The siren sounds. The players run on to the field. The crowd’s roar … can barely be heard.
Where is the crowd?
[pullquote] …their lungs and legs ain’t what they used to be.”[/pullquote]Players wander, waiting for the bounce. And what players: the new kids – seen little and know it all; the old stagers – know every trick in the book and need to because their lungs and legs ain’t what they used to be; the plotters and strategists – creating plays no-one understands (including, sometimes hilariously, themselves).
What a grand old game it is!
Waiting for the bounce.
Something’s missing. No men in white. No-one to bounce the ball. The crowd (all three) starts a slow clap.
At last there’s movement from the umpire’s race. The consumer’s champions – the arbiters of fairness – are on their way!
The umpires wander on, making their way toward … where exactly? Blinded by the light. The opposing captains exchange a shrug and bounce the ball themselves. Unless a player runs into one, this game will proceed umpire-free.
And that’s how the big game is played today in Melbourne. Real Estate Rules is mostly no rules and the players make it up as they go. Desperate times and desperate measures.
Super Saturday? Worked for some, but there was no roaring crowd at the top end. Under $5 million with a realistic price had supporters, but above that the silence near-deafened.
Anxieties. Sellers and agents facing three weeks on the bench after Easter – and longer for the top end teams. Deal now or deal with uncertainty for another month.
And so to the match report …
A staggering off-market play: 35 Stonnington Place. An overseas buyer goes for a $6.25 million screamer, rising well above a pack that couldn’t see why. Two agents claim the credit. Huh?
A quiet goal is kicked at 11 Moralla Road. Original expectation was over $6 million and it just sneaks past the post at a shade over $5.5 – which is about right.
4 Grandview Grove, Prahran, is taken by three bidders to $4.57 million. Much hyped, but not the $5 million they were chasing last year.
14 Lysterville Avenue, Malvern. Quoted at $2.8 million, sold for $3,591,000. Quote Of The Year winner so soon in the season?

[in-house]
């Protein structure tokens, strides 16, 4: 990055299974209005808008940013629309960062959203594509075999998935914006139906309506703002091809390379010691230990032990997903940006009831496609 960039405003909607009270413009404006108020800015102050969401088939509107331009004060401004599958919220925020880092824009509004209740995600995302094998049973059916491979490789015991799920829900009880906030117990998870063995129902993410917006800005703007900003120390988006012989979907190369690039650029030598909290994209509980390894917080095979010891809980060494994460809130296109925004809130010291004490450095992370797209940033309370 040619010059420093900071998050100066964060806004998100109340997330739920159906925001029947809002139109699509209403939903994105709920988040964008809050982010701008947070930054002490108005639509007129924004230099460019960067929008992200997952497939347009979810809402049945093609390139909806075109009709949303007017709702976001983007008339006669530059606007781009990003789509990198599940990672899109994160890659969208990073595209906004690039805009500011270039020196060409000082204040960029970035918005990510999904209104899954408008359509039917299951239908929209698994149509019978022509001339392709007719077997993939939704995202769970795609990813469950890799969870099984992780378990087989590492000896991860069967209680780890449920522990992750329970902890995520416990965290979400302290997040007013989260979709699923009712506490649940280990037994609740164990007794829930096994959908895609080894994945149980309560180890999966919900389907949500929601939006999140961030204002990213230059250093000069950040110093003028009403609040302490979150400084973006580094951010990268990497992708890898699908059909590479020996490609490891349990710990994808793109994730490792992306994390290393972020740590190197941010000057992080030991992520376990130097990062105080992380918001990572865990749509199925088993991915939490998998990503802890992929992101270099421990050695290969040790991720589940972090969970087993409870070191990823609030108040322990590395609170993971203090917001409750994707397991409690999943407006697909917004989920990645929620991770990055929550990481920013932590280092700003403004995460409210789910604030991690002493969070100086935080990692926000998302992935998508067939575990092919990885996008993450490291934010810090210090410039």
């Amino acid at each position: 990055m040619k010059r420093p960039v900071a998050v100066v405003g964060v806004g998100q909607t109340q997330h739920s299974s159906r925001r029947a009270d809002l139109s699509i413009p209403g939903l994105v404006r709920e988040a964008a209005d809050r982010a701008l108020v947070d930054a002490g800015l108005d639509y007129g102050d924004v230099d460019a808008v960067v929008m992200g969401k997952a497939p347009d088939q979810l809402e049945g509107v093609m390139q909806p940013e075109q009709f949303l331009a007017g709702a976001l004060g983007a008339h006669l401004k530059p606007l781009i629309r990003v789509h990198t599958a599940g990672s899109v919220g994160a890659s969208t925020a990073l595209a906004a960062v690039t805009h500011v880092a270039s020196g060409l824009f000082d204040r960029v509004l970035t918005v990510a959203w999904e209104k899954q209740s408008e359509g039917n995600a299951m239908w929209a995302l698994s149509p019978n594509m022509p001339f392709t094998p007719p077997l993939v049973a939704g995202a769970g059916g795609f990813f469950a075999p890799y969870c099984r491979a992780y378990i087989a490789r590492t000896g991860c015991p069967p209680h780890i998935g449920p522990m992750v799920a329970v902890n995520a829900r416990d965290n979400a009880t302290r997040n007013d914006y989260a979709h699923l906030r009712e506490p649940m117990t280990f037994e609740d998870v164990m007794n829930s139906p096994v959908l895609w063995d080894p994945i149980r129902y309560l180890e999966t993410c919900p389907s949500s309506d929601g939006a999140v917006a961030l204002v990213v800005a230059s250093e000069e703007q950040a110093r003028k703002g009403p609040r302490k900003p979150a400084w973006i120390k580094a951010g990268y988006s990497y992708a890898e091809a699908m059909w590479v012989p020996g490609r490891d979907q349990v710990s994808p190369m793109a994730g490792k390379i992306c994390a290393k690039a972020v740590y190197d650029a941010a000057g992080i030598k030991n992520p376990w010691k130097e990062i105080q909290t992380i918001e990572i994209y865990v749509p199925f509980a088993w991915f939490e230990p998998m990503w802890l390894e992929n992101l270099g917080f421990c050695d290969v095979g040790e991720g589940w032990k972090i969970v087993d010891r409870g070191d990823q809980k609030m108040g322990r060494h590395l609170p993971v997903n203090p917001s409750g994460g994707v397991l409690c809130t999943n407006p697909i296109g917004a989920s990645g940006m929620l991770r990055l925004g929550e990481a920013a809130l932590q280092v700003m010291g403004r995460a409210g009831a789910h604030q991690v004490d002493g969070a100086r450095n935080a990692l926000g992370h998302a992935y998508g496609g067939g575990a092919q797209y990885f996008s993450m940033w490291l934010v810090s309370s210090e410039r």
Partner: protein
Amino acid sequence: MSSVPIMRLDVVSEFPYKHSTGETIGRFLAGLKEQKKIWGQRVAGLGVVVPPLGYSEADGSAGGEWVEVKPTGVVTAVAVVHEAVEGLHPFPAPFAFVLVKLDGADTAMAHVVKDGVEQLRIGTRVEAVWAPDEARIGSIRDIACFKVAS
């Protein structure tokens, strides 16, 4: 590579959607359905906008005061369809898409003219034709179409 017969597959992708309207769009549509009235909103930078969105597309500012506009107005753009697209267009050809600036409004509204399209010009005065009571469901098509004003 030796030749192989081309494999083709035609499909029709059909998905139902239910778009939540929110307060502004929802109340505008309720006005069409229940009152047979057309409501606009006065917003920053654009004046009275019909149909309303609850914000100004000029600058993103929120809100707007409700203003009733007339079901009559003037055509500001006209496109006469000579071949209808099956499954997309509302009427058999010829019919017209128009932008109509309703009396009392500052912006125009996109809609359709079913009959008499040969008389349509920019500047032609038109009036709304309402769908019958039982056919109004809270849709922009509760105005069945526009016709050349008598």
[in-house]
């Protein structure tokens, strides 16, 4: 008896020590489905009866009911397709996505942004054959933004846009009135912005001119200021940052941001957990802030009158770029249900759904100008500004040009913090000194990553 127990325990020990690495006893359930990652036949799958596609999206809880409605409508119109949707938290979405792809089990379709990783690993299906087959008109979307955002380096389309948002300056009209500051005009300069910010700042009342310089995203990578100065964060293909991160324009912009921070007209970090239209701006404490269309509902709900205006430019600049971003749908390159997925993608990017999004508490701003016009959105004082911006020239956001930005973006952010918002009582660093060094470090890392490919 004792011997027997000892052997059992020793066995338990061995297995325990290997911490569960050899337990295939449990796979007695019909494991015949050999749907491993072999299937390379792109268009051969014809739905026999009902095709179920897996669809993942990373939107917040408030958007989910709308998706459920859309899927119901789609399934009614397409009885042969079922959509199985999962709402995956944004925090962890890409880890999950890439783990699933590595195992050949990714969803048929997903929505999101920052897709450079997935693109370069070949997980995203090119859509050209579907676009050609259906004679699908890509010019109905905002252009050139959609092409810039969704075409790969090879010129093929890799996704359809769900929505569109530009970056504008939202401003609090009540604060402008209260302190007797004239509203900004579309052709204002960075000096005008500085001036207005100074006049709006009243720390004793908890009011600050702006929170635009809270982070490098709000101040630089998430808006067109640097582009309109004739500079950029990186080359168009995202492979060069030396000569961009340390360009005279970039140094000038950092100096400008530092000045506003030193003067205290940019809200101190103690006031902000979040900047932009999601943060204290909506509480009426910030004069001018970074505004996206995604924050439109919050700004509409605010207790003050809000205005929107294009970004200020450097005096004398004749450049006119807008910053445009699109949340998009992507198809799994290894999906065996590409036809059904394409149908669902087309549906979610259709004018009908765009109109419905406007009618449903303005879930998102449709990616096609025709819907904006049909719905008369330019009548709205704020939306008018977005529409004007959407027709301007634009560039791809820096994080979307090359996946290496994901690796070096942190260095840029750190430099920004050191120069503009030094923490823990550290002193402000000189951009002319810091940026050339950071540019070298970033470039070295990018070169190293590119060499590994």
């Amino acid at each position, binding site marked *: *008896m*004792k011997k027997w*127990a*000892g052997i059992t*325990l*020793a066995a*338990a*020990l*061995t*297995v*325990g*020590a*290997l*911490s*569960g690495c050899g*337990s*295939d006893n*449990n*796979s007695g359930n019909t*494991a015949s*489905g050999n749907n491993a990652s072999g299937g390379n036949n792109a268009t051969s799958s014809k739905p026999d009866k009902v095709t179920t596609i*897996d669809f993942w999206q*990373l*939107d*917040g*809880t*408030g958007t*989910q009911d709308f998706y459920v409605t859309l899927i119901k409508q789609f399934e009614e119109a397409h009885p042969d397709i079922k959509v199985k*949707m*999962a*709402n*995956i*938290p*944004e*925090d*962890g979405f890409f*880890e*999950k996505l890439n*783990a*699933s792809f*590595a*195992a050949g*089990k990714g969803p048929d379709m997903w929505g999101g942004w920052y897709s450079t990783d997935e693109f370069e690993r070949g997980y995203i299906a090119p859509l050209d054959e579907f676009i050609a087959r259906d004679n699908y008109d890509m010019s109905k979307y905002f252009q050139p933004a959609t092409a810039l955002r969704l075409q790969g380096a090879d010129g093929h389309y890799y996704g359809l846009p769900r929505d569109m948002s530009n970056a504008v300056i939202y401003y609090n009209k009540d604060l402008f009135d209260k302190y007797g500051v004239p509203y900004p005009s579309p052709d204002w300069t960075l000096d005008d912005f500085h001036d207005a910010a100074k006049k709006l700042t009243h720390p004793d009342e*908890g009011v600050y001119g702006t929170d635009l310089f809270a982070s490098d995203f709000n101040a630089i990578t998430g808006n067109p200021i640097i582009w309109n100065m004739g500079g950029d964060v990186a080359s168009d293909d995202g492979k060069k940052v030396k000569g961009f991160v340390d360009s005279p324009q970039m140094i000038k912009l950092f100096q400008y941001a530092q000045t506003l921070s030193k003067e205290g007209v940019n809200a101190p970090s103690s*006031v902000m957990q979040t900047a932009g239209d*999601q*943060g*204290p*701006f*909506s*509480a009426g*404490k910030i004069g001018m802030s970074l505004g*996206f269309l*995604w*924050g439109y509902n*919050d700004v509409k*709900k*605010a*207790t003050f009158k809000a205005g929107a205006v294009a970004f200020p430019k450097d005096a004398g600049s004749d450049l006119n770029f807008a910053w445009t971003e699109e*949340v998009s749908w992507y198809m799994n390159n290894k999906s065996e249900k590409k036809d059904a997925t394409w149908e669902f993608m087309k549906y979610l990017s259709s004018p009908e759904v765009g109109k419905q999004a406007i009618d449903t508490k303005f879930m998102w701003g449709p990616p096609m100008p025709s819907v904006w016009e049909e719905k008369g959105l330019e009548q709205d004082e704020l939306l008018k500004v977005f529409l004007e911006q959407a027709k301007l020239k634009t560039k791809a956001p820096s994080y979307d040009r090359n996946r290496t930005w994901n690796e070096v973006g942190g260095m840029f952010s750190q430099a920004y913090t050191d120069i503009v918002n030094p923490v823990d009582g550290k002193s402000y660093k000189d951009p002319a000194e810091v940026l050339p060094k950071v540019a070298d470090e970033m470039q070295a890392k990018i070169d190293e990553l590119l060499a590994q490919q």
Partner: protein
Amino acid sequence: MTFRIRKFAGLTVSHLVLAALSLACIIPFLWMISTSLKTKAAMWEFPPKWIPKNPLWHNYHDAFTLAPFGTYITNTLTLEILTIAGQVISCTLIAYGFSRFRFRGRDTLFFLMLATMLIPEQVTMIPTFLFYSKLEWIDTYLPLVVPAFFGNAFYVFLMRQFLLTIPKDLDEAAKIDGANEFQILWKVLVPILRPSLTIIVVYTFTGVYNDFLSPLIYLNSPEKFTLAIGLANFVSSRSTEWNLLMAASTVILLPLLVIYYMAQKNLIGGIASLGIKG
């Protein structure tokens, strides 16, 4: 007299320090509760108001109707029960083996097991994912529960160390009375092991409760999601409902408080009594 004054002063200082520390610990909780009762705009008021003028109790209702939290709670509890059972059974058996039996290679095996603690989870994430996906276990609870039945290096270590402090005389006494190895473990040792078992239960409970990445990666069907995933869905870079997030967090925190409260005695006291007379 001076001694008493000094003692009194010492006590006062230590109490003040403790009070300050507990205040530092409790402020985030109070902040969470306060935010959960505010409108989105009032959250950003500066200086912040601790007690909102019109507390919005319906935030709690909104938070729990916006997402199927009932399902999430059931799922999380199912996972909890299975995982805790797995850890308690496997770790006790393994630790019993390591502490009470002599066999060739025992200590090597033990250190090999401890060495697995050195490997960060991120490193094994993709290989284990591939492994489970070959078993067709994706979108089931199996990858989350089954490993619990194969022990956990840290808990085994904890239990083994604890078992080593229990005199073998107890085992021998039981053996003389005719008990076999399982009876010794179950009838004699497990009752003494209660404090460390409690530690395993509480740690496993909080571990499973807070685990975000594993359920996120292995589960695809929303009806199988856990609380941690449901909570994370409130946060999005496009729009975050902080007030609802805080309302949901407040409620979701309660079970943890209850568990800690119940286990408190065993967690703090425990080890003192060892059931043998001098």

Off the field …
- some failed expressions of interest have succeeded in extra time … but only after their prices were brought back under the salary cap
- several sales made with no agent in sight – portent of things to come?
And still there are agents who are playing entire games in their heads: “Yes, we’ve got an offer.” “Yes, it’s in writing.” And the pretence continues even in the face of stark, stark reality. Extraordinary.
Sun shines in Bayside
A big week for the end of the first half of the Autumn season. Some ups, some downs, but eventually more up than down; although the jury is still out at the very pointy end.
The sense is that, despite the naysayers, the economy is in a sufficient state of health to encourage buyers to spend. The flurry of the past week may be as a result of building confidence and a little bit of one-in-all-in, or it may simply be a reflection of nothing much else to choose from. There few new listings for most of April and May is still a big question mark at this stage.
And so the sun shone over Bayside: 70% clearance rate over the weekend and smiles everywhere you looked.
OK. Not quite everywhere.
Beaumaris and Black Rock continued their march to a different drummer: just one property sold from the ten auctioned.
6 Love Street in Black Rock was the solitary success. An eight room brick veneer on a generous 1047 sq m, it sold for a respectable $2,220,000 – proving it can be done.
Of the rest, 424 Beach Road, Beaumaris topped the pass-ins at $2,350,000 and a later offer of $2.4 million was still not enough to reach a reserve still shrouded in mystery.
The Bentleighs bounced. The highest clearance rate in recent memory: almost 85%. Just three pass-ins from eighteen auctions.
Hampton and Sandringham had a 75% clearance with nine from twelve plus a handful of private sales.
The Brighton twins had an extraordinary 28 auctions, so their 70% clearance rate is still impressive.
Top billing goes to an older style single level house on 930 sq m with two street frontages at 29 Cosham Street. It was passed in with two bidders at $2.85 million and following some nimble footwork by the auctioneer it sold for $3,033,000.
Just across Nepean Highway, a Victorian mansion at 1 Clive Street was scheduled to be auctioned but was sold during the week for, the local chatter says, about $2,750,000 – something of a discount to its previous sale three years ago at almost $3 million.
57 North Road, on the corner of Foote Street, is something of a local landmark; even on its modest 633 sq m. Bidding started on the vendor’s equally modest $1.75 million and it eventually sold for $2,020,000. The smile on the buyer’s face suggests the Easter Bunny came early.
Among those the Bunny passed by was the renovated period house on 960 sq m at 727 Hampton Street. There was a lonely vendor bid of $2 million, later equalled by a genuine offer, but a reserve of $2,250,000 suggests it will be a while before that egg is cracked.
5 Tynefield Court passed in at $1,850,000. There has been a later offer of $1,900,000 but that is apparently not near enough to an unpublished reserve.
3/7 Grantham Court passed in $1,700,000. There’s been a later offer of $1,830,000 but that reserve, too, remains a secret.
And a couple of private sales that were cleaned up during the week:
And we’ll be back after the Easter and school holiday break.
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